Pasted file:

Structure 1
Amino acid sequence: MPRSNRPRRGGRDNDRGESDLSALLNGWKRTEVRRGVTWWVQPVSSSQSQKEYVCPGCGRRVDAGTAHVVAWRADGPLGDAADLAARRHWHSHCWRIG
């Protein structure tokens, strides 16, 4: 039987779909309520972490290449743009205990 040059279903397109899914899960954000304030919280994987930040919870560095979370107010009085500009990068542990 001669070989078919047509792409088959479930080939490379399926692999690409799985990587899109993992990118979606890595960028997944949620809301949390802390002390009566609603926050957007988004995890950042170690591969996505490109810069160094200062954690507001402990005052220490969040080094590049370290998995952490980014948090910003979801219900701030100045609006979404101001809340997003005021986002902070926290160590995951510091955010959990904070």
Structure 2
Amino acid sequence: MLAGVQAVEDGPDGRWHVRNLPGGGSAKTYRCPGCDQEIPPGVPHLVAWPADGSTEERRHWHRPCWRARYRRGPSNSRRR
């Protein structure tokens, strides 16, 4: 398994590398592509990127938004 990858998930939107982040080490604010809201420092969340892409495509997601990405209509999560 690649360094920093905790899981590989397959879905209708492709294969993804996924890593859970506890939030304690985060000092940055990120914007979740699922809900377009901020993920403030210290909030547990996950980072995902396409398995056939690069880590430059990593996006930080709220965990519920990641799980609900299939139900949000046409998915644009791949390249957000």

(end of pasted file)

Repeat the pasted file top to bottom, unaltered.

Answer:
Structure 1
Amino acid sequence: MPRSNRPRRGGRDNDRGESDLSALLNGWKRTEVRRGVTWWVQPVSSSQSQKEYVCPGCGRRVDAGTAHVVAWRADGPLGDAADLAARRHWHSHCWRIG
């Protein structure tokens, strides 16, 4: 039987779909309520972490290449743009205990 040059279903397109899914899960954000304030919280994987930040919870560095979370107010009085500009990068542990 001669070989078919047509792409088959479930080939490379399926692999690409799985990587899109993992990118979606890595960028997944949620809301949390802390002390009566609603926050957007988004995890950042170690591969996505490109810069160094200062954690507001402990005052220490969040080094590049370290998995952490980014948090910003979801219900701030100045609006979404101001809340997003005021986002902070926290160590995951510091955010959990904070």
Structure 2
Amino acid sequence: MLAGVQAVEDGPDGRWHVRNLPGGGSAKTYRCPGCDQEIPPGVPHLVAWPADGSTEERRHWHRPCWRARYRRGPSNSRRR
């Protein structure tokens, strides 16, 4: 398994590398592509990127938004 990858998930939107982040080490604010809201420092969340892409495509997601990405209509999560 690649360094920093905790899981590989397959879905209708492709294969993804996924890593859970506890939030304690985060000092940055990120914007979740699922809900377009901020993920403030210290909030547990996950980072995902396409398995056939690069880590430059990593996006930080709220965990519920990641799980609900299939139900949000046409998915644009791949390249957000």